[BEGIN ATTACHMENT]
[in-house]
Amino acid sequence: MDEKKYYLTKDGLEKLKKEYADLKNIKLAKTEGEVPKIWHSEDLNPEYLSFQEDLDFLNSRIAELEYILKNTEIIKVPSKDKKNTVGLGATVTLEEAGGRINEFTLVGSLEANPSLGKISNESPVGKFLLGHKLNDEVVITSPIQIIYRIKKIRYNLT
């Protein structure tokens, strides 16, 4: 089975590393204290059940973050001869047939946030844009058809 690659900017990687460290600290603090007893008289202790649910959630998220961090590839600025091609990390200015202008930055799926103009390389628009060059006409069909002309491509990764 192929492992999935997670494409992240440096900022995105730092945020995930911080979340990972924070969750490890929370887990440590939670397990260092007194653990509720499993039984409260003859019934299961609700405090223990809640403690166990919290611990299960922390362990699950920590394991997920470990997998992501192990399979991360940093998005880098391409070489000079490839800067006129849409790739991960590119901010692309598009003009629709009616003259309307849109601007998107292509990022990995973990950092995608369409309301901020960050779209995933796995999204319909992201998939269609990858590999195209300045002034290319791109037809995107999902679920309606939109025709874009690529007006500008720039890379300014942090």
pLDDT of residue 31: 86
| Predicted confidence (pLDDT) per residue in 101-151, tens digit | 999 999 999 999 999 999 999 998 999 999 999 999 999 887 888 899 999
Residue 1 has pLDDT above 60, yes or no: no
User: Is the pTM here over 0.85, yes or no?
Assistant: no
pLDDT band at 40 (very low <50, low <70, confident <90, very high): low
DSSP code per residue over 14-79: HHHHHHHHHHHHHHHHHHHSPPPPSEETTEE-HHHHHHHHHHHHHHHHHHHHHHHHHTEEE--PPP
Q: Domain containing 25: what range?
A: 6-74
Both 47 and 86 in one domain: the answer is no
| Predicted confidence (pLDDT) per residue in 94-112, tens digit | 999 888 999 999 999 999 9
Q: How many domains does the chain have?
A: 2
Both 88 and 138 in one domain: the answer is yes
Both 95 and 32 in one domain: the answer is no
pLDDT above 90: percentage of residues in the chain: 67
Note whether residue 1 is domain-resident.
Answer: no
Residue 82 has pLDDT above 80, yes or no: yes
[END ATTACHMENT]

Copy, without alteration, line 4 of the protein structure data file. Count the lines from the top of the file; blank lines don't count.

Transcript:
pLDDT of residue 31: 86